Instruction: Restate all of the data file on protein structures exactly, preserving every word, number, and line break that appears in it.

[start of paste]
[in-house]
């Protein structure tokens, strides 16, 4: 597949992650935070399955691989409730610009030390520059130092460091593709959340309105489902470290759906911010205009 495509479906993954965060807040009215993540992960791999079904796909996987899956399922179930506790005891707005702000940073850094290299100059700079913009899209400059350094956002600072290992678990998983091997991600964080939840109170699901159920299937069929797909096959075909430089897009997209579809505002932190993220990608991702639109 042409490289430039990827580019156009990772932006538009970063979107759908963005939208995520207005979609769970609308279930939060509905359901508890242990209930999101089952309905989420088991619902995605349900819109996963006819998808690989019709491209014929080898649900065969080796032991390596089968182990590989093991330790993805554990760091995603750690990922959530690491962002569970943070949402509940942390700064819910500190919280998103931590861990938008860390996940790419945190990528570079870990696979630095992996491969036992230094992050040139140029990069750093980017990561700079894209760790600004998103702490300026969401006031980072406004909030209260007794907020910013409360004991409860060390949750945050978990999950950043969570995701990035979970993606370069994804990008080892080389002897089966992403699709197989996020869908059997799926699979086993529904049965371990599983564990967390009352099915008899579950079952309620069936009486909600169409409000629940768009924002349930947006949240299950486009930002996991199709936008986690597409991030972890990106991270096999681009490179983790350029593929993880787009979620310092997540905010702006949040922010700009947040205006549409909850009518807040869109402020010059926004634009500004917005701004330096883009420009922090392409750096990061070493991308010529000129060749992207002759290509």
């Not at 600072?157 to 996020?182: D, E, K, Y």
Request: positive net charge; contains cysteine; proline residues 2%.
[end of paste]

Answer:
[in-house]
């Protein structure tokens, strides 16, 4: 597949992650935070399955691989409730610009030390520059130092460091593709959340309105489902470290759906911010205009 495509479906993954965060807040009215993540992960791999079904796909996987899956399922179930506790005891707005702000940073850094290299100059700079913009899209400059350094956002600072290992678990998983091997991600964080939840109170699901159920299937069929797909096959075909430089897009997209579809505002932190993220990608991702639109 042409490289430039990827580019156009990772932006538009970063979107759908963005939208995520207005979609769970609308279930939060509905359901508890242990209930999101089952309905989420088991619902995605349900819109996963006819998808690989019709491209014929080898649900065969080796032991390596089968182990590989093991330790993805554990760091995603750690990922959530690491962002569970943070949402509940942390700064819910500190919280998103931590861990938008860390996940790419945190990528570079870990696979630095992996491969036992230094992050040139140029990069750093980017990561700079894209760790600004998103702490300026969401006031980072406004909030209260007794907020910013409360004991409860060390949750945050978990999950950043969570995701990035979970993606370069994804990008080892080389002897089966992403699709197989996020869908059997799926699979086993529904049965371990599983564990967390009352099915008899579950079952309620069936009486909600169409409000629940768009924002349930947006949240299950486009930002996991199709936008986690597409991030972890990106991270096999681009490179983790350029593929993880787009979620310092997540905010702006949040922010700009947040205006549409909850009518807040869109402020010059926004634009500004917005701004330096883009420009922090392409750096990061070493991308010529000129060749992207002759290509």
């Not at 600072?157 to 996020?182: D, E, K, Y």
Request: positive net charge; contains cysteine; proline residues 2%.